Light Street lane closings to drag on
The repaving work that has been bedeviling downtown commuters who regularly use Light Street is expected to drag on longer than previously announced.
Kathy Chopper, a spokeswoman for the city Department of Transportation, said the multiple lane closings that have squeezed the travel lanes on northbound Light down to two will likely continue through mid-October.
Construction work on southbound Light at Pratt Street, which is expected to shift to the center lanes Wednesday at 5:30 a.m., is expected to take another two weeks, Chopper said.
The road work on Light Street, part of the preparations for the downtown Grand Prix race set for Labor Day next year, has backed up morning commuters from Interstate 95 and from Federal Hill and has caused similar congestion in the evenings. City officials have urged downtown commuters to use alternate routes, such as Howard Street and Martin Luther King Boulevard.
City officials are urging drivers to avoid blocking intersections in a way that can cause gridlock. It warned that "blocking the box" is a traffic violation that can lead to a $70 fine.
"The Department of Transportation is asking motorists who stop for a red light or a traffic delay to keep their vehicles behind the stop bar so that the intersection remains clear for pedestrians and cross traffic. Drivers should proceed through the intersection only when they see that its clear on the other side," Chopper said.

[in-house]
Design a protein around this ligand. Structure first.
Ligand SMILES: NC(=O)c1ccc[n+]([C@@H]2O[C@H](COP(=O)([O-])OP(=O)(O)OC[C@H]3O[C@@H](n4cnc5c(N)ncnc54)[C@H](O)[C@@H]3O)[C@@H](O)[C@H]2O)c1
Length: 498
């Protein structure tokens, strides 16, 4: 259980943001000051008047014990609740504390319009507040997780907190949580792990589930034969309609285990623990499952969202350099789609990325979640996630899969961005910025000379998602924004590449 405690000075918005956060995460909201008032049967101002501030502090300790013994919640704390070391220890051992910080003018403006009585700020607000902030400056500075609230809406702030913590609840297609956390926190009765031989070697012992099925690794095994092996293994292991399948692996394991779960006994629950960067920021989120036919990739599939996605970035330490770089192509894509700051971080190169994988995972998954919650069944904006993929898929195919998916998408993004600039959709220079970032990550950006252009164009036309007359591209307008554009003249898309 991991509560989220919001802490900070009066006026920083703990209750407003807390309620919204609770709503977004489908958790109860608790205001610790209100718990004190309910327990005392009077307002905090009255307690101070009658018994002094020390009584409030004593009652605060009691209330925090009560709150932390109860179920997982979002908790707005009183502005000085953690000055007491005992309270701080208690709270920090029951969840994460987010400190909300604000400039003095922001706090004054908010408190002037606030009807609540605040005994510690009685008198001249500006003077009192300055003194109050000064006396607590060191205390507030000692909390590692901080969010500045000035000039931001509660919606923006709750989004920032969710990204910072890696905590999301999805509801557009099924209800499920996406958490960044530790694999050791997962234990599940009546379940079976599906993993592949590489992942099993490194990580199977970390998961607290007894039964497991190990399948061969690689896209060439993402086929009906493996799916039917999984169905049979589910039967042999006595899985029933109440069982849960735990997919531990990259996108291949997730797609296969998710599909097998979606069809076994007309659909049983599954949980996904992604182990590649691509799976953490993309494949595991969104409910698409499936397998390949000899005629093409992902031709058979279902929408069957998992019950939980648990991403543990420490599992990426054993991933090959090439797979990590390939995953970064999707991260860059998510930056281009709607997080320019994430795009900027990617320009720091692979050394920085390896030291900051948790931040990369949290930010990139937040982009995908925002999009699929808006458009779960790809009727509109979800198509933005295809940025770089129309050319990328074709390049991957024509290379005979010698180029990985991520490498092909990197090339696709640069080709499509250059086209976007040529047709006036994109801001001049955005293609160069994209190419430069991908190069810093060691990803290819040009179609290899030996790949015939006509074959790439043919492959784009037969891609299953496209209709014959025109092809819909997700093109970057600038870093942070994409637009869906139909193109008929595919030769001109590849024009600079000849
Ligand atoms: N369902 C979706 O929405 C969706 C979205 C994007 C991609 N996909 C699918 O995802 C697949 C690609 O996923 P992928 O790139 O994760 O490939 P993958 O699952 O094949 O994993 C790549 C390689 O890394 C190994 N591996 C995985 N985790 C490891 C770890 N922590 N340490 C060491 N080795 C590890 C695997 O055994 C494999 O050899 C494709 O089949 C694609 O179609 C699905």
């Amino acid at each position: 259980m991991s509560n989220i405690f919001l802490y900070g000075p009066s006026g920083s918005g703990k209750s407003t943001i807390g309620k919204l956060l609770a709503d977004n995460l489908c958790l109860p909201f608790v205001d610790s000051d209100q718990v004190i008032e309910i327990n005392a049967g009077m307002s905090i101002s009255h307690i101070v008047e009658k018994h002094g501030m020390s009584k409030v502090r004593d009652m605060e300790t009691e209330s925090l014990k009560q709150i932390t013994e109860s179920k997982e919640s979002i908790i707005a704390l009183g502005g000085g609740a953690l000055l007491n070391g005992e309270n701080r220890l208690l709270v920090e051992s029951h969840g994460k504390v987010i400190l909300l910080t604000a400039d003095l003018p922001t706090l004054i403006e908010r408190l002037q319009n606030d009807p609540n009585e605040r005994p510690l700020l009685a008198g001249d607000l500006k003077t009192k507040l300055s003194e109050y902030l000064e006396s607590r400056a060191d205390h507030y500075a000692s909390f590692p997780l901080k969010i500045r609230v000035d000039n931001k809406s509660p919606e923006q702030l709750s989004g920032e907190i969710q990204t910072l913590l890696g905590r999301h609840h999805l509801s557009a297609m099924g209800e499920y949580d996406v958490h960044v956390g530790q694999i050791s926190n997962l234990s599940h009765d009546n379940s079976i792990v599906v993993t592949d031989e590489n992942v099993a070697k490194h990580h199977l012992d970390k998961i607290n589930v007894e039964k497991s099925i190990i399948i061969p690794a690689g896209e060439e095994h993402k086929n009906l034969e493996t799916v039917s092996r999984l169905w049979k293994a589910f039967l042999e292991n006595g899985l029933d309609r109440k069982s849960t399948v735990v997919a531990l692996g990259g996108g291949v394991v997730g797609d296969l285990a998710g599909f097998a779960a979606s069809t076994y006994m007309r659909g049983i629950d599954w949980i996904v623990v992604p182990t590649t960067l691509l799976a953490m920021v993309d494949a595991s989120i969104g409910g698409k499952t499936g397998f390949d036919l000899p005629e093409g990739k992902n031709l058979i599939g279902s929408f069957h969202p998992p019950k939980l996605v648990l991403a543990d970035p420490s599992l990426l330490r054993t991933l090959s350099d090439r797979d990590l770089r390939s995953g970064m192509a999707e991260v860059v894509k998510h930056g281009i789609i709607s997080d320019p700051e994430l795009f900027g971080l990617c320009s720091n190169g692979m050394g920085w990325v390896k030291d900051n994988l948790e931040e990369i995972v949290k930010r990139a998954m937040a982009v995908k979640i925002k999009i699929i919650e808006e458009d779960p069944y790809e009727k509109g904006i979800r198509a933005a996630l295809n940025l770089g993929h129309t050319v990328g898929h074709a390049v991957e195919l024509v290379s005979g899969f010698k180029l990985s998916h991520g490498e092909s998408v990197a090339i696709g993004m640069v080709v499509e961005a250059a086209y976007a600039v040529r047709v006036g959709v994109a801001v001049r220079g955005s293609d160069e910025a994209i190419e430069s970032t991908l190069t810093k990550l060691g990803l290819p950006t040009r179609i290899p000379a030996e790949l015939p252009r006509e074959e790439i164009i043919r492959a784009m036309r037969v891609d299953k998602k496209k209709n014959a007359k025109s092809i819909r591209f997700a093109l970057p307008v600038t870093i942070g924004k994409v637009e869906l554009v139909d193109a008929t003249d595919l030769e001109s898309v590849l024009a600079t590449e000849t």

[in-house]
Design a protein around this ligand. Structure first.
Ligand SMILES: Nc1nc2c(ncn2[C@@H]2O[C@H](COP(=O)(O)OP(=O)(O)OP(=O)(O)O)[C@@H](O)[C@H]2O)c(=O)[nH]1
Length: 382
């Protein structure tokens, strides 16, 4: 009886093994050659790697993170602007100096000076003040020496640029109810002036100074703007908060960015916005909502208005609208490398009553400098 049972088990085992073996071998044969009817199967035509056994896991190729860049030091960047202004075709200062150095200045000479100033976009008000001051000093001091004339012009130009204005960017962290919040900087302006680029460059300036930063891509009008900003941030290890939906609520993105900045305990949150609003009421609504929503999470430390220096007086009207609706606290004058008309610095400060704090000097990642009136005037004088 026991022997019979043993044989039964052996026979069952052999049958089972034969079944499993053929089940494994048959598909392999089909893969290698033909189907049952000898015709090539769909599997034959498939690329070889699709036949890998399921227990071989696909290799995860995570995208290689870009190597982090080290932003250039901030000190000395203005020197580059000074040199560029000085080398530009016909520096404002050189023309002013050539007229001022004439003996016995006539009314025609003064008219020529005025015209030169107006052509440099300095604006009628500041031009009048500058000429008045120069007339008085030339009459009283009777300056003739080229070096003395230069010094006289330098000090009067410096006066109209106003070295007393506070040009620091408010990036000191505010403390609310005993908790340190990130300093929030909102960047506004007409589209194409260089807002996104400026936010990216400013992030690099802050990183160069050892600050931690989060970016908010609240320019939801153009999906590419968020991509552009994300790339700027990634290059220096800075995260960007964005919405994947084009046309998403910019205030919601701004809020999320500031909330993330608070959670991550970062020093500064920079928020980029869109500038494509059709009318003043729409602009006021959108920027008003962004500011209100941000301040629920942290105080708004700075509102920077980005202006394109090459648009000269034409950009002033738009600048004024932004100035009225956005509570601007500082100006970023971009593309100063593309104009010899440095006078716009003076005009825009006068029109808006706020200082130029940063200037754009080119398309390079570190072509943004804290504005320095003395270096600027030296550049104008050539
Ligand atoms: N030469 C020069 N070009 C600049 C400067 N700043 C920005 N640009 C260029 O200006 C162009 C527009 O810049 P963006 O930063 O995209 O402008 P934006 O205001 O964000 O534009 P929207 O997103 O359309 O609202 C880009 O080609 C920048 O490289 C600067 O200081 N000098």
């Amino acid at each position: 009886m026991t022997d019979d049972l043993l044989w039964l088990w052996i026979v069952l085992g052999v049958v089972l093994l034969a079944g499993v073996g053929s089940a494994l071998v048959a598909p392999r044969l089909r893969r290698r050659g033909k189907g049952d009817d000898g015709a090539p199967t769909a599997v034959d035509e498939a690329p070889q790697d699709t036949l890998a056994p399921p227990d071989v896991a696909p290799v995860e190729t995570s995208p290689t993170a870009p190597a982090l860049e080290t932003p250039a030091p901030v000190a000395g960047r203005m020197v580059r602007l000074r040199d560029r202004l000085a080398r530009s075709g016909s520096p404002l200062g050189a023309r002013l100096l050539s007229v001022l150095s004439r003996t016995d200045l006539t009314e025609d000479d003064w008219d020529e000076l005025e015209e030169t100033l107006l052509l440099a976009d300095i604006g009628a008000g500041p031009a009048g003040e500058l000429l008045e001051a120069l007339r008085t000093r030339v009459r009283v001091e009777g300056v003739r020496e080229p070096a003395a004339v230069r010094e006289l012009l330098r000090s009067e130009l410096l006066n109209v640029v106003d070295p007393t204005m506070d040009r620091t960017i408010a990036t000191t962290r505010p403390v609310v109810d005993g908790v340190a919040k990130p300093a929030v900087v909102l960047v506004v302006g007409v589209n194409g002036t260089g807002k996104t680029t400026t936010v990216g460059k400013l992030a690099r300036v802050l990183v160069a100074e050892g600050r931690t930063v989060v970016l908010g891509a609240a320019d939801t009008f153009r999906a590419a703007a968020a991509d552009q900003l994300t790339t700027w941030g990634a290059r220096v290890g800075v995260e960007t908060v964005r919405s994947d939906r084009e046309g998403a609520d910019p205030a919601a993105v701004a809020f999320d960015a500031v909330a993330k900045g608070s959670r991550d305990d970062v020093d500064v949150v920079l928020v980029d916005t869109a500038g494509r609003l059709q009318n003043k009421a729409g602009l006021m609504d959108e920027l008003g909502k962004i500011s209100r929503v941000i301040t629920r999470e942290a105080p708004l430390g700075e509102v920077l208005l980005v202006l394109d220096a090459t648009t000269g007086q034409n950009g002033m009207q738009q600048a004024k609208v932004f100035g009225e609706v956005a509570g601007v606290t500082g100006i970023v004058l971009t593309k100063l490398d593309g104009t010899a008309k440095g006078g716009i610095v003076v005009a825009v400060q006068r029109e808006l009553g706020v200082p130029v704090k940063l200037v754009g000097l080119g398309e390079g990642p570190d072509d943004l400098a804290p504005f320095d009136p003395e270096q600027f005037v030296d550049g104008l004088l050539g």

The Light Street work is continuing at a time when the city is also replacing the concrete surface of Pratt Street, downtown's main eastbound artery, closing two of four lanes in the central business district. That work is expected to continue for another two months, Chopper said. The city has advised motorists to use Baltimore and Mulberry streets as alternate routes.
City officials say the downtown road work being done to prepare the streets for the Grand Prix race will continue for about nine months. The work on Pratt and Light streets will be followed by repaving of Lee, Conway, Howard and Russell streets.
According to city transportation officials, the repaving and utility repairs being done to prepare the streets to accommodate Indy-style race cars is work that needed to be completed with or without the race.